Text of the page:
It's Journalism 101, the very first thing you're supposed to learn: NEVER BURY YOUR LEDE. But we've done post after post on how the tradit
February 25, 2007

It's Journalism 101, the very first thing you're supposed to learn: NEVER BURY YOUR LEDE. But we've done post after post on how the traditional media has strayed from what journalism used to be. David Sirota found yet another example and it's flat out maddening:

The Bush administration, congressional Republicans, and a faction of Democrats are very angry at Rep. John Murtha (D-PA) for his proposal on Iraq. What is that proposal, you ask? That's a good question, because most major stories that purport to be about the proposal are actually horse-race-style stories about the political maneuvering around the proposal. The Washington Post's crack coverage did this today, actually burying any concrete details of the proposal in the 14th paragraph of its story. Here's how the paper described Murtha's supposedly radical and controversial idea:

"To be sent to battle, troops would have to have had a year's rest between combat tours. Soldiers in Iraq could not have their tours extended beyond a year there. And the Pentagon's 'stop-loss' policy, which prevents some officers from leaving the military when their service obligations are up, would end. Troops would have to be trained in counterinsurgency and urban warfare and be sent overseas with the equipment they used in training."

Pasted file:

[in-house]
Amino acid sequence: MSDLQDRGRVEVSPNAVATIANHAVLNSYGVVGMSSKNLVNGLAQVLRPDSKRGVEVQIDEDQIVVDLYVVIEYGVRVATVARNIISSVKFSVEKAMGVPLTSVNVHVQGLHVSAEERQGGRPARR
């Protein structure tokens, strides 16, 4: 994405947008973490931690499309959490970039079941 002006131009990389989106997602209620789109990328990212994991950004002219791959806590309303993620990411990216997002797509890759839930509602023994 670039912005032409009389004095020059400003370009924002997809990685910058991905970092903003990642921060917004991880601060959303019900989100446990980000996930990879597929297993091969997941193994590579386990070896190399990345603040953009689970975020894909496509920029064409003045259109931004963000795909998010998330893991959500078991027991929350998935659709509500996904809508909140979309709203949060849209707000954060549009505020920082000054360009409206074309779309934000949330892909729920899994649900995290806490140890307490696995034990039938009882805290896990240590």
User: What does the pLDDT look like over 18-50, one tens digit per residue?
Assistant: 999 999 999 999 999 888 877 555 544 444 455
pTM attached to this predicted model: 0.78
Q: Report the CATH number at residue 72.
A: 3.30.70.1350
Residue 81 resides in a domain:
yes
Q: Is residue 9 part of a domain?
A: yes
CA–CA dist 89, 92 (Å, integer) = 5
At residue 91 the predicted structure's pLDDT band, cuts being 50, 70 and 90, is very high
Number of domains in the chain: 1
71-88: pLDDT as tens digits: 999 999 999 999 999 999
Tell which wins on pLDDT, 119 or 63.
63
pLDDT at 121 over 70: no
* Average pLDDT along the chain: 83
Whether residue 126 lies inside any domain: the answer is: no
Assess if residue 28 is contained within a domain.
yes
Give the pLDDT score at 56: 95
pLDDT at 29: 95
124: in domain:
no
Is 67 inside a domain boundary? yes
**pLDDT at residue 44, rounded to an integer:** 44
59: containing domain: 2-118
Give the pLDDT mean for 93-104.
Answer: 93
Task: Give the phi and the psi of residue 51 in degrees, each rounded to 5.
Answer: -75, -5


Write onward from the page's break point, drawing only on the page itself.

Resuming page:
The reaction from some Democrats was swift and Fox News-ish. Rep. Jim Matheson (D-UT), of pro-bankruptcy bill and pro-CAFTA voting fame, fumed that Murtha's proposal "is a non-starter, an absolute non-starter" because he claimed - without any proof - that it "holds back resources from our troops." Rep. Jim Cooper (D-TN) breathlessly declared that Murtha "stepped all over [the] message of support for the troops." And Freshman Rep. Joe Sestak (D-PA), who's major campaign issue was opposition to the Iraq War, said he is "a bit wary" of the proposal.

To understand the position these people are now on record as supporting by logical default through their opposition to Murtha's proposal, let's go straight back to the Washington Post's buried paragraph and flip it.

Howie Klein takes the nay-saying Democrats to task.

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